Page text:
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Dark, Sidney

Entry updated 11 August 2018. Tagged: Author.

(1872-1947) UK journalist, editor and author of much fiction and nonfiction; his influence as a political commentator waned in the 1930s due to his early anti-fascism, and his excoriation of anti-Semitism as a moral and intellectual disease incited by governments looking for scapegoats. The Man Who Would Not Be King: Being the Adventures of one Fenimore Slavington, who was neither Born Great nor Achieved Greatness, but had Greatness Thrust Upon him Much to his own Discomfort and the Discomfort of Many Others (1913) – which takes its title from Rudyard Kipling's Satire on the delusions of the imperialist mind, "The Man Who Would Be King" (in The Phantom Rickshaw and Other Eerie Tales, coll 1888) – describes the responses of a man thrust into overlordship of a Utopian manufacturing plant whose employees must live in a model community; his "kingship" proves difficult to abandon. [JC]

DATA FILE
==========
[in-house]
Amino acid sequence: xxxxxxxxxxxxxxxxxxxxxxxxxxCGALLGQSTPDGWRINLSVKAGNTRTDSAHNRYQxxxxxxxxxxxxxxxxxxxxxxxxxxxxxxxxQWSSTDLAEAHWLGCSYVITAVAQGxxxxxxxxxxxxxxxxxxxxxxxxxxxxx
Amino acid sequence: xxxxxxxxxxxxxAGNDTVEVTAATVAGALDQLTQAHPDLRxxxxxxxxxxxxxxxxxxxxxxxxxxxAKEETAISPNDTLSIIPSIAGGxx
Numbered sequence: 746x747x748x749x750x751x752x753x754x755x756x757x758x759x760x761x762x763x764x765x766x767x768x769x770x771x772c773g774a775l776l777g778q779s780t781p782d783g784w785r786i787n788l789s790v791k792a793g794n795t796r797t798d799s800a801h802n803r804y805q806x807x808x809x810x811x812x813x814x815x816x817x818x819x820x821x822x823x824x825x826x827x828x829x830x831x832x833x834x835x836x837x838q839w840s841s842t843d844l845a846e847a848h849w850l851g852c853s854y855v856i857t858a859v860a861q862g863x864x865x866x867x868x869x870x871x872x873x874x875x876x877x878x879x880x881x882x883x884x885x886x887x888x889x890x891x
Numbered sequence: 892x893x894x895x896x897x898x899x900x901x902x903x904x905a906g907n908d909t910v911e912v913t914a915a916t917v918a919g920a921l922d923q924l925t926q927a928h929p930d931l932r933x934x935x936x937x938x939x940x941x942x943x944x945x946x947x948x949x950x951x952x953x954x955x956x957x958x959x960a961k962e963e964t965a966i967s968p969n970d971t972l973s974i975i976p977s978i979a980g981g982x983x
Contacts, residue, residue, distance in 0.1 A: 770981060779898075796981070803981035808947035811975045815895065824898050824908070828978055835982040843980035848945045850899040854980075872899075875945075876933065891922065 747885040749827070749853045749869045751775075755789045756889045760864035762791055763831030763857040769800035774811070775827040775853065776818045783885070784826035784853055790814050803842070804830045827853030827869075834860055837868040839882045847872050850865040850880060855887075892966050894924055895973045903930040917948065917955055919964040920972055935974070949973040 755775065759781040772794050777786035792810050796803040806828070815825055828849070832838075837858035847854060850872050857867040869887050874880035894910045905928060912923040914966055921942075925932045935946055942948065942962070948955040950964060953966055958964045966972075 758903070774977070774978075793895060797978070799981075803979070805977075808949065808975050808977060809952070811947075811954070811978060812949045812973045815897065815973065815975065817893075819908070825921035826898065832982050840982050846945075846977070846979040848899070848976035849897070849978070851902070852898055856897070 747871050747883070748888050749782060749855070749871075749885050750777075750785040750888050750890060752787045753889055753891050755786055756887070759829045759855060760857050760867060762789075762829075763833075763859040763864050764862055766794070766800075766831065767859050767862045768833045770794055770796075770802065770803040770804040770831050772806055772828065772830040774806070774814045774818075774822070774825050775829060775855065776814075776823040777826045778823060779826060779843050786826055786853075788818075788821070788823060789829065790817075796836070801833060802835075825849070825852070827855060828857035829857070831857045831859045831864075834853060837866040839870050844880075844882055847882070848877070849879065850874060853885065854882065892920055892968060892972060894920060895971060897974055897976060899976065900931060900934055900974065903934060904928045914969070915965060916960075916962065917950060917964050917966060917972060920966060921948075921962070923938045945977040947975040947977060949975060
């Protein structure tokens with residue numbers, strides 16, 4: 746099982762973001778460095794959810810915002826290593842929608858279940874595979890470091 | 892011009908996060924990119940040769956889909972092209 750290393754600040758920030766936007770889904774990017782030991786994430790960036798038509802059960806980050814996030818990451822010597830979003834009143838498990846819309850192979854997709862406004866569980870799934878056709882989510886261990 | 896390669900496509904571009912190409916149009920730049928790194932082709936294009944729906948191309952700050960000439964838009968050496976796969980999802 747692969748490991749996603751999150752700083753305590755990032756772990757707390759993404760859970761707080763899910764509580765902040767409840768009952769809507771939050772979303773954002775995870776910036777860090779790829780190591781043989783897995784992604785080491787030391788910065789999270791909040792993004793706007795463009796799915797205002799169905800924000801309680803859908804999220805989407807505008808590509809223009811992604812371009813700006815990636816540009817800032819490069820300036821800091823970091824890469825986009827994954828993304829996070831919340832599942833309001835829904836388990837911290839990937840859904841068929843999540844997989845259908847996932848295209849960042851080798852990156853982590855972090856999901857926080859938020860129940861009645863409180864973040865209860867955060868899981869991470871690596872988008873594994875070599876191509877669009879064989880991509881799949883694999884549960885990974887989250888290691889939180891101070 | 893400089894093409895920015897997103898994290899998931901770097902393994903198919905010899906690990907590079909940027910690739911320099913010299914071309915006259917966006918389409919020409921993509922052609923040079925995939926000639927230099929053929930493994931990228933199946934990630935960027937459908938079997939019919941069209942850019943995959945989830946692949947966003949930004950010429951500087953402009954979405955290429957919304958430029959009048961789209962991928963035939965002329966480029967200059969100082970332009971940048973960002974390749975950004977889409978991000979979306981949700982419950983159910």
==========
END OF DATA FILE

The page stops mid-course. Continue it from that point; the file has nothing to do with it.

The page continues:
Sidney Ernest Dark

born London: 14 January 1872

died Reading, Buckinghamshire: 11 October 1947



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